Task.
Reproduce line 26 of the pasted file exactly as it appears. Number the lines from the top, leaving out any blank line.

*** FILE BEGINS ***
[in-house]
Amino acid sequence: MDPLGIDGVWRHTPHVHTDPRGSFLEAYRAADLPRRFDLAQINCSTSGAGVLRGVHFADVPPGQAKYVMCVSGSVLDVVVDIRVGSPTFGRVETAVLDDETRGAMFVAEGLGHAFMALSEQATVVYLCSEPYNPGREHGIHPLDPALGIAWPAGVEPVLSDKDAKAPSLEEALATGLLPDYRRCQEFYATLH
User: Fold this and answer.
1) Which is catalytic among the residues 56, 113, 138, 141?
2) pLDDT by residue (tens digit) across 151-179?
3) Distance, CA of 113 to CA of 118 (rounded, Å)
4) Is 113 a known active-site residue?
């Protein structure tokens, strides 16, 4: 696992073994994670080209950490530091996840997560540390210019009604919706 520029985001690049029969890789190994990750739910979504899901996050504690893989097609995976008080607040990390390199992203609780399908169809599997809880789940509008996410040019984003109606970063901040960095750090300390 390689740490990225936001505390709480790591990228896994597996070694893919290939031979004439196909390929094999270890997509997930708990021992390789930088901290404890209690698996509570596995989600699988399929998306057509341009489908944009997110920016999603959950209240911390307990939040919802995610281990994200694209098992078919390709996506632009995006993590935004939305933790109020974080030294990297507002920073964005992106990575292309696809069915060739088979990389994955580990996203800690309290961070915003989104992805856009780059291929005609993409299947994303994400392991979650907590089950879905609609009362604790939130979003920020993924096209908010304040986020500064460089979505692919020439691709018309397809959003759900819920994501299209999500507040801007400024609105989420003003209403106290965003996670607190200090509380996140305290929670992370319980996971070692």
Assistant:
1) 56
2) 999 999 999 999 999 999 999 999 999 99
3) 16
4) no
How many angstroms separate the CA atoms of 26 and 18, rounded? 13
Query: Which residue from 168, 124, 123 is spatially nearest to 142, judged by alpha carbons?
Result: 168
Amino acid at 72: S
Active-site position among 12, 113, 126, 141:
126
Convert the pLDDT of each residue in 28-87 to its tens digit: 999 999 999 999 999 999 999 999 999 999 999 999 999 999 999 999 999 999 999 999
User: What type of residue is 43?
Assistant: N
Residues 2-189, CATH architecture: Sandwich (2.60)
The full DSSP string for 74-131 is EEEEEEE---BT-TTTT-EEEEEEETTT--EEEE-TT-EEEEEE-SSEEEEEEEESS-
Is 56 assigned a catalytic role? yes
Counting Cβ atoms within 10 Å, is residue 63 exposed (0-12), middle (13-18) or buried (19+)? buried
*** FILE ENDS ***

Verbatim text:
Counting Cβ atoms within 10 Å, is residue 63 exposed (0-12), middle (13-18) or buried (19+)? buried